IN A NUTSHELL

Sunday night saw a steady flood of 4x4s returning to our Cambridgeshire village from Latitude, the music festival for people who like music they like, washed down with Adnams wines. I’m sure there will have been polite political debate.

Mrs RM would like to go, but she doesn’t get it all her own way in her household (about 97%), and we went for a night in Bury St Edmunds long-stay car park at the weekend.  £1 to park our campervan overnight, and about £20 on popcorn for our sons who went to watch “Independence Day Regurged”.  The last film I watched was “Finding Nemo”.

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This is a shopping centre, not Ailsa Crag

I wrote about Bury’s independent scene last year, but this was very much big business Bury, a chance to see how East Anglia’s fast growing town looks on a weekend.

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Ruin buildings awaiting conversion to micropub

 

Impressively busy was the answer, with a warm night thronged with the younger folk who’d have gone to  Cambridge or Ipswich five years ago.  The modern entertainment and shopping complex isn’t quite Spinningfields, but it’s all nicely done and the chain places were packed.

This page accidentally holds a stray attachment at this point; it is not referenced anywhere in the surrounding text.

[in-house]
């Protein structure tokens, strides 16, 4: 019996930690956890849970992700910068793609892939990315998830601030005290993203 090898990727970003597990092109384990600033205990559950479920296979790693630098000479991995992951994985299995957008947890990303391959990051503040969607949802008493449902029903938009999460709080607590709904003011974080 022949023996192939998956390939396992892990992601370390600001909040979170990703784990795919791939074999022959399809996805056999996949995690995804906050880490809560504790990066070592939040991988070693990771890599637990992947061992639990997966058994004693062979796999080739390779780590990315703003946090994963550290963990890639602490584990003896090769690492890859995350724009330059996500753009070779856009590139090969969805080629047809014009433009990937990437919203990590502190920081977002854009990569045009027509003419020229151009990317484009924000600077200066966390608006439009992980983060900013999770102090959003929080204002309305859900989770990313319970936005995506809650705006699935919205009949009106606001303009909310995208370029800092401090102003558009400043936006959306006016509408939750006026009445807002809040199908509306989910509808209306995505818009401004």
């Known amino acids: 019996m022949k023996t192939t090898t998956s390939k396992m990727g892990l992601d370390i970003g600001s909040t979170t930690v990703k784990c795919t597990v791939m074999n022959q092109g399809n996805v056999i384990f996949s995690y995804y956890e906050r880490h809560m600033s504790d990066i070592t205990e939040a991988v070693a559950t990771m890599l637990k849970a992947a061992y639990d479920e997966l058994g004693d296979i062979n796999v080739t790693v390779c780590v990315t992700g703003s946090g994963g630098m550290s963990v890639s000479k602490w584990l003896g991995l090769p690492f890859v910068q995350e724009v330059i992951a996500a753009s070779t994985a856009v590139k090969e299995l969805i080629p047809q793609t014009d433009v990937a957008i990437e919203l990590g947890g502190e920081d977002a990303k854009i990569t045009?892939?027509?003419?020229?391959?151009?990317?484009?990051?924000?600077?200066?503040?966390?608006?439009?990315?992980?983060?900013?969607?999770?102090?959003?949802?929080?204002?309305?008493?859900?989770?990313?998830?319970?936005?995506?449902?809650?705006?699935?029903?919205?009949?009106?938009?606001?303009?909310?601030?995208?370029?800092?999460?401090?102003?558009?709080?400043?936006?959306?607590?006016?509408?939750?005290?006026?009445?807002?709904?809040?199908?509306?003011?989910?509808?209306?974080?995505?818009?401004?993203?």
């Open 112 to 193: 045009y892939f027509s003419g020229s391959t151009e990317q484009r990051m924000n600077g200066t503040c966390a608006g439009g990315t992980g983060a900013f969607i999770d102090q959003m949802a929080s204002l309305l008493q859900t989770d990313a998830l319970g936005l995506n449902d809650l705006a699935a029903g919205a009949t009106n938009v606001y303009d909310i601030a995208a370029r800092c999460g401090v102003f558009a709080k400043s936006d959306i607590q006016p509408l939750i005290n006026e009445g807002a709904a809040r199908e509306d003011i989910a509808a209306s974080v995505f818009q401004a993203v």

The pubs were doing OK too, though being contrary sods we chose to start the evening in a place that would have no more than a half-dozen folk in it all night.

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Pokémon hunting in the Nutshell

I first went in the Nutshell when I did assignments at NHS Supplies in the late ’80s as a keen student, leading to an assumption on my part that all pubs were wonderful, and that all pubs sold Greene King IPA. Rather like the Olde Trip or the Peveril, it’s not a pub I’ve needed to revisit on every return visit, though the beer has always been decent.

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Pretty much a panoramic view

But what can you say against a friendly pub with bench seating, clutter, irreverent chat, classic folk/rock picked by the barman and good beer (IPA NBSS 3.5, Abbot 3). Shame about the mummified cat but not much can be done about him/her now.

Only two things could improve it; the sight of a straggle of grown men outside trying to capture virtual  creatures on their I-phones (tick), and a distressed man asking us all individually what the name of the little lady with the crutches was (tick). That’s him on the left.

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In a pub with six drinkers, all human life was represented.   It reminded me of Cambridge’s St Radegund with Terry at the helm, which is high praise.  Yes, a Cloudwater Pale would have been nice, but that’s not even going to happen in The Free Press.

First time I’ve ever visited the toilet (singular) too; graffiti not to be missed, the best since Cuba. Lovely view from the top too.

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Pokémon sight point (2)